The most common side effects of raloxifene hydrochloride tablets are hot flashes, leg cramps, swelling of the feet, ankles, and legs, flu syndrome, joint pain, and sweating. Hot flashes are more common during the first 6 months after starting treatment.

These are not all the side effects of raloxifene hydrochloride tablets. Tell your doctor about any side effect that bothers you or that does not go away. If you have any problems or questions that concern you while taking raloxifene hydrochloride tablets, ask your doctor or pharmacist for more information.

What else should I know about raloxifene hydrochloride tablets?

Do not use raloxifene hydrochloride tablets to prevent heart disease, heart attack, or strokes.
To get the calcium and vitamin D you need, your doctor may advise you to change your diet and/or take supplemental calcium and vitamin D. Your doctor may suggest other ways to help treat or prevent osteoporosis, in addition to taking raloxifene hydrochloride tablets and getting the calcium and vitamin D you need. These may include regular exercise, stopping smoking, and drinking less alcohol.
Women who have hot flashes can take raloxifene hydrochloride tablets. Raloxifene hydrochloride tablets do not treat hot flashes, and they may cause hot flashes in some women (see “What are the possible side effects of raloxifene hydrochloride tablets?”).
Raloxifene hydrochloride tablets have not been found to cause breast tenderness or enlargement. If you notice any changes in your breasts, call your doctor to find out the cause. Before starting and while taking raloxifene hydrochloride tablets you should have breast exams and mammograms, as directed by your doctor. Because raloxifene hydrochloride tablets do not eliminate the chance of developing breast cancers, you need these examinations to find any breast cancers as early as possible.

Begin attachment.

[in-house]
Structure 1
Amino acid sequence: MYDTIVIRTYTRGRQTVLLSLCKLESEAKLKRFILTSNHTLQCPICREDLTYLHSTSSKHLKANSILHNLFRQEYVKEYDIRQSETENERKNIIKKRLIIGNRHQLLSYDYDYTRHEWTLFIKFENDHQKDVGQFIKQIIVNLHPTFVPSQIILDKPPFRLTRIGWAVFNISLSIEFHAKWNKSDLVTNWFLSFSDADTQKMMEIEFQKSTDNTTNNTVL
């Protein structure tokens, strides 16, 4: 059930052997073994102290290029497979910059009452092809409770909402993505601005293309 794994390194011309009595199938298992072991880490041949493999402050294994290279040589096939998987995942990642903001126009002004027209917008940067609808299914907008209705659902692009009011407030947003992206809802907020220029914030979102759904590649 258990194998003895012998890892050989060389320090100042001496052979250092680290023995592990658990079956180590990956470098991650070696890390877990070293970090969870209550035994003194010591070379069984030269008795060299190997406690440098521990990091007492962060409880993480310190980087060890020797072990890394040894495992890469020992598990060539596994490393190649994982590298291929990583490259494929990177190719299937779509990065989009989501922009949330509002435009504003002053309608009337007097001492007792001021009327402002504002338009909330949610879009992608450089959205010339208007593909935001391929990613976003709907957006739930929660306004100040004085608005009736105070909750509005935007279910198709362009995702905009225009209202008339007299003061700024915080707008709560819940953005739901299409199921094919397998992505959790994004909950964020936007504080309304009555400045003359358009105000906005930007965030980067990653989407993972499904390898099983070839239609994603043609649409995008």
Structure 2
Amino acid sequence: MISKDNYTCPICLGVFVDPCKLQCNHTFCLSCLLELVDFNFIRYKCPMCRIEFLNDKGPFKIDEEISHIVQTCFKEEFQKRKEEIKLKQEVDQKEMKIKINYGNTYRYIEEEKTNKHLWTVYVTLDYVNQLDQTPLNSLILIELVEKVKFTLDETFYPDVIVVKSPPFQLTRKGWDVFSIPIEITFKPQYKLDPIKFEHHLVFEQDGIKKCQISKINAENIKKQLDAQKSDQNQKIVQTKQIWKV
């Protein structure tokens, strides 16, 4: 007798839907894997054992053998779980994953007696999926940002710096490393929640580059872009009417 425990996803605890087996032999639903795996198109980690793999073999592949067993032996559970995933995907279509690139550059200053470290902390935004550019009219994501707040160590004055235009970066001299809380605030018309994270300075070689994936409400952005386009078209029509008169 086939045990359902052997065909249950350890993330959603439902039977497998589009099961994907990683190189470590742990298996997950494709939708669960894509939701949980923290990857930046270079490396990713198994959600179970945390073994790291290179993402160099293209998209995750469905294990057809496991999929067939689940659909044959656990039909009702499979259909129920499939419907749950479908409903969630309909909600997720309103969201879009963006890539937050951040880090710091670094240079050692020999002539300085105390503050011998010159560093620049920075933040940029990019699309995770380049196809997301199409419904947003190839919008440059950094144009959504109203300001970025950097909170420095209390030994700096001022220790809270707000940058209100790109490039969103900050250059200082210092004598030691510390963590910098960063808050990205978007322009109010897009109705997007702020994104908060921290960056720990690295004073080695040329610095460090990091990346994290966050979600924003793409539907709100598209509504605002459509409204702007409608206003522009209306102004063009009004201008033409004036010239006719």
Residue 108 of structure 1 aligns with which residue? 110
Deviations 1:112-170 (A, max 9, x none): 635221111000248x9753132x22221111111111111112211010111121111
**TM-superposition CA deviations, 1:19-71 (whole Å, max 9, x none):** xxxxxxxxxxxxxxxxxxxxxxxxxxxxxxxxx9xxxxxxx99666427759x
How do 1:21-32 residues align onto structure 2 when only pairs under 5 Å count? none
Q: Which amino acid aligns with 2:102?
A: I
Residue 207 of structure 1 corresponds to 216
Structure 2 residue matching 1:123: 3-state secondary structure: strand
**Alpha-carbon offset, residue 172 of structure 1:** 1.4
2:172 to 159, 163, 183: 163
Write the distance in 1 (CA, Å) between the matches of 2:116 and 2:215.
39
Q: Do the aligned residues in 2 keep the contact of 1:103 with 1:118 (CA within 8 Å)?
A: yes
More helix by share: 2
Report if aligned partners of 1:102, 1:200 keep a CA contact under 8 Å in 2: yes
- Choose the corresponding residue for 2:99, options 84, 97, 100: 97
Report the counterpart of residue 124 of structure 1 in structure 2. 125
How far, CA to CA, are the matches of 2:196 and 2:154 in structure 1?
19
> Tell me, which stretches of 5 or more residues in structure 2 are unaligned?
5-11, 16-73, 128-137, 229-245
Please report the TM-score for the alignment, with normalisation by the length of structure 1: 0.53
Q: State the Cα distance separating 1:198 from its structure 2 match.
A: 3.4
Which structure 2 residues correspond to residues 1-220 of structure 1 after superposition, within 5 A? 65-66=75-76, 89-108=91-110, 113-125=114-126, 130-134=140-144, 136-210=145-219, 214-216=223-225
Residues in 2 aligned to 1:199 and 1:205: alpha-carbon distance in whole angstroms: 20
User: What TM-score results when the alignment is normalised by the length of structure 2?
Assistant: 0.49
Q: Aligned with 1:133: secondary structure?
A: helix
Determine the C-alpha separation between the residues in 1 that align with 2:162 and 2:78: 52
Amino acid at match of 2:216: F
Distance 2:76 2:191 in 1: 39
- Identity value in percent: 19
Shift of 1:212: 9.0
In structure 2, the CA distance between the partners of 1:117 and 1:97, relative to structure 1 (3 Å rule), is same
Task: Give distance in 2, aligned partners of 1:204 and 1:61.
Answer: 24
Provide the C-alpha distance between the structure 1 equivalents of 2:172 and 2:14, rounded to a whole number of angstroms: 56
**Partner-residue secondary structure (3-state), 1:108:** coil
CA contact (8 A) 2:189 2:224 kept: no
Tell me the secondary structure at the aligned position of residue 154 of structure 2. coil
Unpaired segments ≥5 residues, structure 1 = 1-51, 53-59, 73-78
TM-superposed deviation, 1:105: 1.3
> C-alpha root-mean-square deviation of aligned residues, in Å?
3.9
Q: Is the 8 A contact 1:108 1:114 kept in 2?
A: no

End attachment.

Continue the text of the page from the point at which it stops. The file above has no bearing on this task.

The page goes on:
Raloxifene hydrochloride tablets should not cause spotting or menstrual-type bleeding. If you have any vaginal bleeding, call your doctor to find out the cause. Raloxifene hydrochloride tablets have not been found to increase the risk for cancer of the lining of the uterus.
Women in clinical trials have taken raloxifene hydrochloride for up to eight years.

How should I store raloxifene hydrochloride tablets?

Store raloxifene hydrochloride tablets at 20° to 25°C (68° to 77°F).
Keep raloxifene hydrochloride tablets and all medicines out of the reach of children.

General Information about the safe and effective use of raloxifene hydrochloride tablets

Medicines are sometimes prescribed for purposes other than those listed in a Medication Guide. Do not use raloxifene hydrochloride tablets for a condition for which they were not prescribed. Do not give your raloxifene hydrochloride tablets to other people, even if they have the same symptoms you have. They may harm them.

This Medication Guide is a summary of the most important information about raloxifene hydrochloride tablets. If you would like more information about raloxifene hydrochloride tablets, talk with your doctor. You can ask your doctor or pharmacist for information about raloxifene hydrochloride tablets that is written for health professionals. For more information, call 1-888-838-2872.

What are the ingredients in raloxifene hydrochloride tablets?

Active Ingredient: raloxifene hydrochloride

Inactive Ingredients: colloidal silicon dioxide, hypromellose, magnesium stearate, microcrystalline cellulose, polydextrose, polyethylene glycol, povidone, pregelatinized starch, and titanium dioxide.

Call your doctor for medical advice about side effects. You may report side effects to FDA at 1-800-FDA-1088.

This Medication Guide has been approved by the U.S. Food and Drug Administration.

All brand names listed are the registered trademarks of their respective owners and are not trademarks of Teva Pharmaceuticals USA.

Manufactured In Croatia By:

PLIVA HRVATSKA d.o.o.

Zagreb, Croatia

Manufactured For:

TEVA PHARMACEUTICALS USA, INC.

North Wales, PA 19454

Rev. D 8/2014

Revised: 10/2014
 
Teva Pharmaceuticals USA Inc